A collection of witty, illuminating essays on life, art and family by the acclaimed author and New Yorker writer
'Engaging, witty, thoughtful, clever, casual, ebullient, erudite and thoroughly modern' Spectator
'A dazzling talent - hilarious, winning and deft' Malcolm Gladwell
In Mid-Air is a collection of short essays by the acclaimed writer and speaker, Adam Gopnik. Known for his ability to perceive 'the whole world in a grain of sand', he uses this format to take a dizzying range of subjects and intricately explore their meaning to our lives - as people, as citizens and as families.
From how he works so that his daughter can have holes in her clothes, to why appropriation is more empowering than oppressing; from French sex to binge-watching TV, from the secret of a happy marriage to why we should mention the war - each topic is illuminated by his erudition and wit.
As in their original form on the radio, Gopnik's essays - each one a pleasure garden of wry confessions, self-deprecating asides, wordplay and striking insights - feel like the most intimate of conversations between writer and reader; yet at the same time they capture a public forum of pithy debate and tender persuasion. Above all, In Mid-Air initiates a sense of wonder in the ordinary that yearns to be shared.
The distinctive brilliance of Gopnik's essays lies in his ability to pick up a subject one would never have believed possible to think deeply about then cover it in thoughts. He is truly able to see the whole world in a grain of sand - New York Times Book Review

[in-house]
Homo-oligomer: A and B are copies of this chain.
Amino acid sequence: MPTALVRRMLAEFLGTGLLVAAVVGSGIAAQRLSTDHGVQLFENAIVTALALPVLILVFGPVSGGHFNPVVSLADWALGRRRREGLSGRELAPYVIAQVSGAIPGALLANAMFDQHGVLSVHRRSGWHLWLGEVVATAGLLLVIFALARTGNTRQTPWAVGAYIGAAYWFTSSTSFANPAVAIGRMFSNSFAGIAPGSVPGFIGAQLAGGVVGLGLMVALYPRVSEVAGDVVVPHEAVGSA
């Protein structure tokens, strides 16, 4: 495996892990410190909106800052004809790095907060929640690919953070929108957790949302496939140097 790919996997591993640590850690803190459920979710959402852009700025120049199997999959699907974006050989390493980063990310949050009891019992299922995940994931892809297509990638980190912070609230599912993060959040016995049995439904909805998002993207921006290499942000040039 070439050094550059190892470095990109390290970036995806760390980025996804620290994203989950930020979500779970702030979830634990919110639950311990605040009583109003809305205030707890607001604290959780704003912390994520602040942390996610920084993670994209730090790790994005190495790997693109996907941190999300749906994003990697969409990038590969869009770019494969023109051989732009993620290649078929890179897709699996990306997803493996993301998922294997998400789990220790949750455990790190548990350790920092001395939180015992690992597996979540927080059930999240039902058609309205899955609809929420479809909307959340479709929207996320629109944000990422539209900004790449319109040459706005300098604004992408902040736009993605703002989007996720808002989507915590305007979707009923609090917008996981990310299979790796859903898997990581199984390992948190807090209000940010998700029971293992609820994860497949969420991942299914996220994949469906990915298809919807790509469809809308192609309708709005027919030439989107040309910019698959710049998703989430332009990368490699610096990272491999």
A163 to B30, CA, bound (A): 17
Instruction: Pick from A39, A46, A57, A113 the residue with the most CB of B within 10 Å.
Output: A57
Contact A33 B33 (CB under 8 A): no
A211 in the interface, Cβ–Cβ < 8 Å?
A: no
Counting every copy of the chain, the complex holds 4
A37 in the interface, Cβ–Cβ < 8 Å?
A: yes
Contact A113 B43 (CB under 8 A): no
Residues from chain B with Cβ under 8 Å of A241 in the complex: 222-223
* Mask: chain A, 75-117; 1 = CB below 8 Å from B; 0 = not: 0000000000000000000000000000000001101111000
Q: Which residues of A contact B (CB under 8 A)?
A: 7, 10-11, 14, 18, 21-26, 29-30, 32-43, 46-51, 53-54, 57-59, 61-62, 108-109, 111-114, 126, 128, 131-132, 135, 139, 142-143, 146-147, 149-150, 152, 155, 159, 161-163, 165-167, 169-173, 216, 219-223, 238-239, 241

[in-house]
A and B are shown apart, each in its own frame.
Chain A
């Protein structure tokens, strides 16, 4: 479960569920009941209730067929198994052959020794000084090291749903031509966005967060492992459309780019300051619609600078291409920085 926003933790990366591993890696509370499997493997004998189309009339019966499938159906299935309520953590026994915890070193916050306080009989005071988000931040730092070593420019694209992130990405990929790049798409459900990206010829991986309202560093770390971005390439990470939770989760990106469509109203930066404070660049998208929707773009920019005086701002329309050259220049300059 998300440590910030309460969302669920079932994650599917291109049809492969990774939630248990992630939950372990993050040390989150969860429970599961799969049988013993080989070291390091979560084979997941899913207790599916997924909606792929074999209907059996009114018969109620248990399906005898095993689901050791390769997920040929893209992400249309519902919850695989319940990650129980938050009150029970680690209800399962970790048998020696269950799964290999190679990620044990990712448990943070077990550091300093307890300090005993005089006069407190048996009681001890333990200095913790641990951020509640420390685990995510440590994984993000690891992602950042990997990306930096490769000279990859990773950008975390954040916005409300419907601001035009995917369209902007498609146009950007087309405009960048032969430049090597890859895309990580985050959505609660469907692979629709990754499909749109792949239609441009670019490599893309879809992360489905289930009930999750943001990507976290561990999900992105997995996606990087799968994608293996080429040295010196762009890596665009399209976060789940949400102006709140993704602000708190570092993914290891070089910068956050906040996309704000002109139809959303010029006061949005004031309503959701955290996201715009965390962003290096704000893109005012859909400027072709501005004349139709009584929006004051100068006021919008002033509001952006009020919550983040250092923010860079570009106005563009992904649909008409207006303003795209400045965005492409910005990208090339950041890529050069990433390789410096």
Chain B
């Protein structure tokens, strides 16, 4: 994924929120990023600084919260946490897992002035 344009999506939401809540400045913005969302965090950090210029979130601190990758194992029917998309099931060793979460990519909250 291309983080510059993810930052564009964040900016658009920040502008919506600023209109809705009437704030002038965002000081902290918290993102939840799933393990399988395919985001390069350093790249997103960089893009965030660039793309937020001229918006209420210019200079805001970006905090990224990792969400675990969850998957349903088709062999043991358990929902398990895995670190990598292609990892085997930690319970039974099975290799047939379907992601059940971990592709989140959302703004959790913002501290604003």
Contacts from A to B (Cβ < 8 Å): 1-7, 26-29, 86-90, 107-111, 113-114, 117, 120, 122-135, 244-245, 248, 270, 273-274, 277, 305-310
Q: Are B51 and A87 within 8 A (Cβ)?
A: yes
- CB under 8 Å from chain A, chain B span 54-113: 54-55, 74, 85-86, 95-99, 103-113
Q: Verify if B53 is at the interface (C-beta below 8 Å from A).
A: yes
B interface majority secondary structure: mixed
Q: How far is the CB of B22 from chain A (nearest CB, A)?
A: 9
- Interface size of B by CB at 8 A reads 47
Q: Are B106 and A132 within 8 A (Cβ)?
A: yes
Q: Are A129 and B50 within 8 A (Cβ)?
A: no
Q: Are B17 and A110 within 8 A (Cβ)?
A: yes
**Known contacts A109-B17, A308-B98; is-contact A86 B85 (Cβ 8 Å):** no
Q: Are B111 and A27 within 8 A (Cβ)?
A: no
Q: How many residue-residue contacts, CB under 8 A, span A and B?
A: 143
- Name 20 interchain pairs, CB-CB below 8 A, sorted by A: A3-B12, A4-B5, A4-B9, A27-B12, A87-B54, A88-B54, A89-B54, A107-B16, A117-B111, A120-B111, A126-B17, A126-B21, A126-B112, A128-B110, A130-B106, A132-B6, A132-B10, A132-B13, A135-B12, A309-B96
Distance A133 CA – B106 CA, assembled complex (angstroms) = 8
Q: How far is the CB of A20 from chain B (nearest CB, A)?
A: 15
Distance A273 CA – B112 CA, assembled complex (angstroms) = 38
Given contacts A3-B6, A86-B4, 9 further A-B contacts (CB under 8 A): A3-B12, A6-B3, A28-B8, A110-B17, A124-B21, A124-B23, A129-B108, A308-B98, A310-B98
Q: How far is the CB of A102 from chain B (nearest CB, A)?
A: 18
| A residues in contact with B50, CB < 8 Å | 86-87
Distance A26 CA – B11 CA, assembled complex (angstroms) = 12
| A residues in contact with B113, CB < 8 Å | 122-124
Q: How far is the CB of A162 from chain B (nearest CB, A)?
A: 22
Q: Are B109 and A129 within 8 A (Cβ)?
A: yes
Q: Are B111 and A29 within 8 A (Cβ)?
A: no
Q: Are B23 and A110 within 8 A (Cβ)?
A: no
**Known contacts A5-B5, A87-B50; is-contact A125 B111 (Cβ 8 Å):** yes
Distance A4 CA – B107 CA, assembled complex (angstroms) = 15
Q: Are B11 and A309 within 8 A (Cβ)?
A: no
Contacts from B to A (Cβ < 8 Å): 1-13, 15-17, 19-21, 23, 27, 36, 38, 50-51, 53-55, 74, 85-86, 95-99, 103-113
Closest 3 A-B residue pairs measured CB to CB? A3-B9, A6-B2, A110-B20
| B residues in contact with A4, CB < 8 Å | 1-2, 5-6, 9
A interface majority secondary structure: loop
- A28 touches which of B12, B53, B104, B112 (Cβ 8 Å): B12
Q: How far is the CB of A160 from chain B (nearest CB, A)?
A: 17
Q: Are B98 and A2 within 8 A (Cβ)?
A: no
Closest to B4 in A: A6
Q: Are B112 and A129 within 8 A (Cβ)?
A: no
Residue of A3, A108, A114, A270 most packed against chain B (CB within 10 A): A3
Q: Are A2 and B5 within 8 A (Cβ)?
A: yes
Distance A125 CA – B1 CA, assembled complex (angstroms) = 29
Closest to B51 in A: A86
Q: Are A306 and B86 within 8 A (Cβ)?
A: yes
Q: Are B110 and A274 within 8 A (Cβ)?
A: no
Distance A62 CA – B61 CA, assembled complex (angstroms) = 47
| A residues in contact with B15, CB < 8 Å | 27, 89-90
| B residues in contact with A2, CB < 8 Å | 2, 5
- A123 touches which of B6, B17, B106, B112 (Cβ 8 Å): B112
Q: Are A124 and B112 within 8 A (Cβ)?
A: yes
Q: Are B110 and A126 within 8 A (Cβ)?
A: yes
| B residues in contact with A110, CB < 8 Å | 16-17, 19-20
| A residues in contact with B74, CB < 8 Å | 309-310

Avid intelligence and a nimble pen - John Updike
'I need to read anything that Adam Gopnik writes . . . His acuity, grace, sensitive intelligence (in short, his brilliance) are, as ever, dazzlingly displayed and yet with the lightest of touches - Nigella Lawson
Brilliantly insightful . . . Any writer who can take subjects as diverse as Wilson Bentley's snow crystal photographs, Dickens's Christmas stories and the myth that the Inuit have dozens of different words for snow, and find something original and interesting to say about each of them, has to be worth reading - Sunday Times, on Winter
Adam Gopnik has been writing for the New Yorker since 1986. He is a three-time winner of the National Magazine Award for Essays and for Criticism, and the George Polk Award for magazine reporting. From 1995 to 2000 he lived in Paris; he now lives in New York City with his wife and their two children.